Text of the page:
One of the by-products if heating our farm with wood pellets is the contents of the ash draw.

Wood pellet ash is great for gardeners as it is a good source of lime and potassium and many other trace elements and can be used to enrich your soil. What better way to use a heating by-product than to grow your own vegetables? A win, win for sustainability all round.

However, while the wood pellet ash is great for the garden, you do need to mindful of how much and when you apply it to ensure that the maximum benefit is gained.

Wood pellet ash is alkaline and therefore you do need to be aware of your soil’s pH level and the pH preference of the plants you are growing to ensure that you get the right balance.  For example, use of wood pellet ash on acid loving plants such as azaleas, gardenias and blueberries can be detrimental, so be aware and check your acidity levels regularly.

Wood pellet ash can be added to your garden in a couple of different ways; firstly, it can be added to your compost heap. This works well with your pellet boiler as (depending on the ash content of your wood pellets) you will only need to empty it periodically which will provide you with a regular layer of ash to help reduce the pH of the compost heap as the decomposing materials can become acidic.  The compost can then be added to your garden as a natural fertilizer or green mulch.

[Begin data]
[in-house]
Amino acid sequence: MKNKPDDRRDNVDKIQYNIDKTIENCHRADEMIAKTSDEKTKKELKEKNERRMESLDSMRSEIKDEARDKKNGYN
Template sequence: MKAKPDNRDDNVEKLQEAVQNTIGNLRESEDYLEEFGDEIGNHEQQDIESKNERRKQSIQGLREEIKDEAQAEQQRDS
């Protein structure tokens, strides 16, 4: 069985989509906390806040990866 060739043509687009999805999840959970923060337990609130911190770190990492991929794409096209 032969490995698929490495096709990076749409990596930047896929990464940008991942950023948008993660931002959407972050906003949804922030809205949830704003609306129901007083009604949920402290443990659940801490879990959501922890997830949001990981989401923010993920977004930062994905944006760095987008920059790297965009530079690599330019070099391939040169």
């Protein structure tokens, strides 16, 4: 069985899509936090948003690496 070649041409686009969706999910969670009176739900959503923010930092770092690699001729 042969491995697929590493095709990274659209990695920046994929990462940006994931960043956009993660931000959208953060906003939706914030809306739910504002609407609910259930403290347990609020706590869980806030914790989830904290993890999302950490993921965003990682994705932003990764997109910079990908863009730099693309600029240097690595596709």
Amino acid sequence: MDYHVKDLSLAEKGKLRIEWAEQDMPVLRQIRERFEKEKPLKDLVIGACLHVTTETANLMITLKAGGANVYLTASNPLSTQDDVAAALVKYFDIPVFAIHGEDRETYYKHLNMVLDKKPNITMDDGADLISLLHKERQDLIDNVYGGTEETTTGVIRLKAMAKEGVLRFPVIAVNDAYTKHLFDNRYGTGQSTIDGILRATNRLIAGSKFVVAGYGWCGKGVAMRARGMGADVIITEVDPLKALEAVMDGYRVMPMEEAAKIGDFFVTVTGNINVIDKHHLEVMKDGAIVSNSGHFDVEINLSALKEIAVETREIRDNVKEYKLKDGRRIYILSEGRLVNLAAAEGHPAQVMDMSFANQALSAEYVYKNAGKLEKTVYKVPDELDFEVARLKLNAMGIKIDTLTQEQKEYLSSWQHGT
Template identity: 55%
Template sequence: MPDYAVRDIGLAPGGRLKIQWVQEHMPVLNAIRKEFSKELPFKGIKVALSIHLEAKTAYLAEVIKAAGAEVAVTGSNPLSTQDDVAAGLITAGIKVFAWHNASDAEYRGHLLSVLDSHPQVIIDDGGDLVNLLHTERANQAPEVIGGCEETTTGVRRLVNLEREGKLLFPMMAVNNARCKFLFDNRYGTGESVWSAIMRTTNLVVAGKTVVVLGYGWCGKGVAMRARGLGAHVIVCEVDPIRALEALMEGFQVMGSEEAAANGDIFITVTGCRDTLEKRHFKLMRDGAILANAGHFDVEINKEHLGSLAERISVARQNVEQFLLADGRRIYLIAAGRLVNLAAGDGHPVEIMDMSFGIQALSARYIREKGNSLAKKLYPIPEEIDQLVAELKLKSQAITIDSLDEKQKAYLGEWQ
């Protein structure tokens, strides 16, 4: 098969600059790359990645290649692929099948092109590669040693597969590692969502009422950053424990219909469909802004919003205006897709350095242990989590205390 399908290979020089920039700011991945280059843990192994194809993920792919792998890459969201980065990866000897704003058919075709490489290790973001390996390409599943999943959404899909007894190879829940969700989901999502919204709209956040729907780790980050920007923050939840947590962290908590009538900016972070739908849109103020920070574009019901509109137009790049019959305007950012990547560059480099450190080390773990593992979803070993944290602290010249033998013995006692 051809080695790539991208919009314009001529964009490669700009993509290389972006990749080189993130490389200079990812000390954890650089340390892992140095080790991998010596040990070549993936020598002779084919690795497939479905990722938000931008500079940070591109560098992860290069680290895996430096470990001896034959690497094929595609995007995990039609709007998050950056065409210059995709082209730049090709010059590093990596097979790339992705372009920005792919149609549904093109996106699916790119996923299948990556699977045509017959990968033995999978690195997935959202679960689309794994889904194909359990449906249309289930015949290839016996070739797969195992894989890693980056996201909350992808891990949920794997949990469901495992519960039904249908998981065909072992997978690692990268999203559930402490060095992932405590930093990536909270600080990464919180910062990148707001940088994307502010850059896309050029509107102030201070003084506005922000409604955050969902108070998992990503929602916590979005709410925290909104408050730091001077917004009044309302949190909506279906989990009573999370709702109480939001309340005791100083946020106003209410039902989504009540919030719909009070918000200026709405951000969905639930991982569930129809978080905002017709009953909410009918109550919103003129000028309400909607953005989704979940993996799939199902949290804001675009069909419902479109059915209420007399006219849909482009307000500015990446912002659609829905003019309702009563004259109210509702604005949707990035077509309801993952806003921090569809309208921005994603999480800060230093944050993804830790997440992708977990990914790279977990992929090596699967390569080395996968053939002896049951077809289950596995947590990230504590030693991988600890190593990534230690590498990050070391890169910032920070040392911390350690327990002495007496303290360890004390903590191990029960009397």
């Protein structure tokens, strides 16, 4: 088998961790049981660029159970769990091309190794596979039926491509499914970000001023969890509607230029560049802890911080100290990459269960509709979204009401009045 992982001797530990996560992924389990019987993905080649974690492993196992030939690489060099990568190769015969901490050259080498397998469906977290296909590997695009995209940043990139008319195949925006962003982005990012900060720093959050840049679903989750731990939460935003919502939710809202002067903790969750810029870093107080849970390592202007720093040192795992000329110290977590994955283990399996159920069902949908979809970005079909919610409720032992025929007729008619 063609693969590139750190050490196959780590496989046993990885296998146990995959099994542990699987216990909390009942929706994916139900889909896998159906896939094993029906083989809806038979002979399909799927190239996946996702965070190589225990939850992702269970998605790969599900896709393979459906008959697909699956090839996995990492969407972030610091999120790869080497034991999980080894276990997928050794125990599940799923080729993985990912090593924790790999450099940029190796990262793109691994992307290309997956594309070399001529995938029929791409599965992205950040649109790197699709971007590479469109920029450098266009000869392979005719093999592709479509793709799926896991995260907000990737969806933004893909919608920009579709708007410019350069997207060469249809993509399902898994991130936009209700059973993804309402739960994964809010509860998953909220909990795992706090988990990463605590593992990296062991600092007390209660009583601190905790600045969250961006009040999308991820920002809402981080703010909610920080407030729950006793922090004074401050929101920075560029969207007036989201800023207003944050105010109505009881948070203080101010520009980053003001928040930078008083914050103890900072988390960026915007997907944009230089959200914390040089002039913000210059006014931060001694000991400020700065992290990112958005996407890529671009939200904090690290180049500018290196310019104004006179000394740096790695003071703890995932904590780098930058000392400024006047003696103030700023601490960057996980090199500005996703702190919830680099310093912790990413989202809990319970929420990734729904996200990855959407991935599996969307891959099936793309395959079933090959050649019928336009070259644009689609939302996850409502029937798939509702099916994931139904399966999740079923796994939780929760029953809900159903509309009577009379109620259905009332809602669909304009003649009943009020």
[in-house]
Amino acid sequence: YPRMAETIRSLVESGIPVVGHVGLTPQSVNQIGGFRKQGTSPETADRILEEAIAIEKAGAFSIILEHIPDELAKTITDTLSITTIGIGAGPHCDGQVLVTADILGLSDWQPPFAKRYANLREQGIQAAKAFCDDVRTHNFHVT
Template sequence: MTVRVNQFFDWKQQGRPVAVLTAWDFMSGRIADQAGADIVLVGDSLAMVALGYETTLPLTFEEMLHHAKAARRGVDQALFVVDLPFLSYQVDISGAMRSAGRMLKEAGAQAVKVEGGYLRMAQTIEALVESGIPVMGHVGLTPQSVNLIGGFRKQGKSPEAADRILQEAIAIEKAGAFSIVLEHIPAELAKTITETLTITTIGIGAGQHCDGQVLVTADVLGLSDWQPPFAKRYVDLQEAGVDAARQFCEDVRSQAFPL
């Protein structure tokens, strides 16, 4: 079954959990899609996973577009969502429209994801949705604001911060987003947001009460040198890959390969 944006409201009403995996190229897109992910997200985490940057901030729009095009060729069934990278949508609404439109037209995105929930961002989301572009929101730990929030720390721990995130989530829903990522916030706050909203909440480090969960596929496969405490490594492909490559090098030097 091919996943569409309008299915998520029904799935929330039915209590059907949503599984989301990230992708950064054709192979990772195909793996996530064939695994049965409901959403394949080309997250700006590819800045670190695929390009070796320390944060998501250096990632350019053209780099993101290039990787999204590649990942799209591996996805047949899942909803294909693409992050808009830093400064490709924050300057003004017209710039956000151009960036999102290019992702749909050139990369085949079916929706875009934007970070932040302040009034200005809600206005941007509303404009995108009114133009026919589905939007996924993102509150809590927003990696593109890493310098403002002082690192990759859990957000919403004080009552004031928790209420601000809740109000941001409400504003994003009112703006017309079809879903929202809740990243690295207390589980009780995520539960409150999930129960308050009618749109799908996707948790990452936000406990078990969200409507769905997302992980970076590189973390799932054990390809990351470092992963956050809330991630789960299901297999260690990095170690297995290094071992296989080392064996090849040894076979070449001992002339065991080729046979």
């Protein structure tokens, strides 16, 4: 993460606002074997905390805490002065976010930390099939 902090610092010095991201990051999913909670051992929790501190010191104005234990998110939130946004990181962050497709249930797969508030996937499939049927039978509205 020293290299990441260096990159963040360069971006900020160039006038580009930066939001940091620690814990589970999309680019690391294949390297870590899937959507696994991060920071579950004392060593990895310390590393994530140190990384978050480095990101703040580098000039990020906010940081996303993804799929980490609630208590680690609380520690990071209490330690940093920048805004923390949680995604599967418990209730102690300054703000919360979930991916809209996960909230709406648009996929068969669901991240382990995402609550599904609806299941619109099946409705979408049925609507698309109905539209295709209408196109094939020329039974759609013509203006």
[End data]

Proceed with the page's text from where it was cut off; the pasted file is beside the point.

Wood AshWood pellets ash used to make a garden mulch.

The second way of applying the ash is directly onto the soil in late winter at a rate of 50-70 g per sq m and then fork or rotavate it in.  Where it is applied regularly such as vegetable gardens, it can be beneficial to monitor the changes in pH to ensure it doesn’t become over acidic. However, wood pellet ash can be particularly useful in vegetable gardens where club root  in brassicas is an issue.

While on the whole wood pellet ash is great for the garden, you do need to be aware that over-use will cause alkalinity. Furthermore, avoid using ash that comes from treated timber or pellets that use binding agents as they may contain harmful residues.  Lastly, avoid using wood pellet ash on areas where potatoes are to be grown the following spring as the alkaline conditions can encourage potato scab.

Finally, an additional benefit to the use of dry wood pellet ash is that if it is sprinkled around the base of plants it will kill slugs and snails and other soft bodied pests.  It is the salts that it contains that make it an effective method of pest control, however, once the ash has become wet you need to refresh it as the salts will have leached out and it will become ineffective.

For more information on booking a family farm stay which doesn’t cost the earth visit us here Oaksbarnfarm.co.uk

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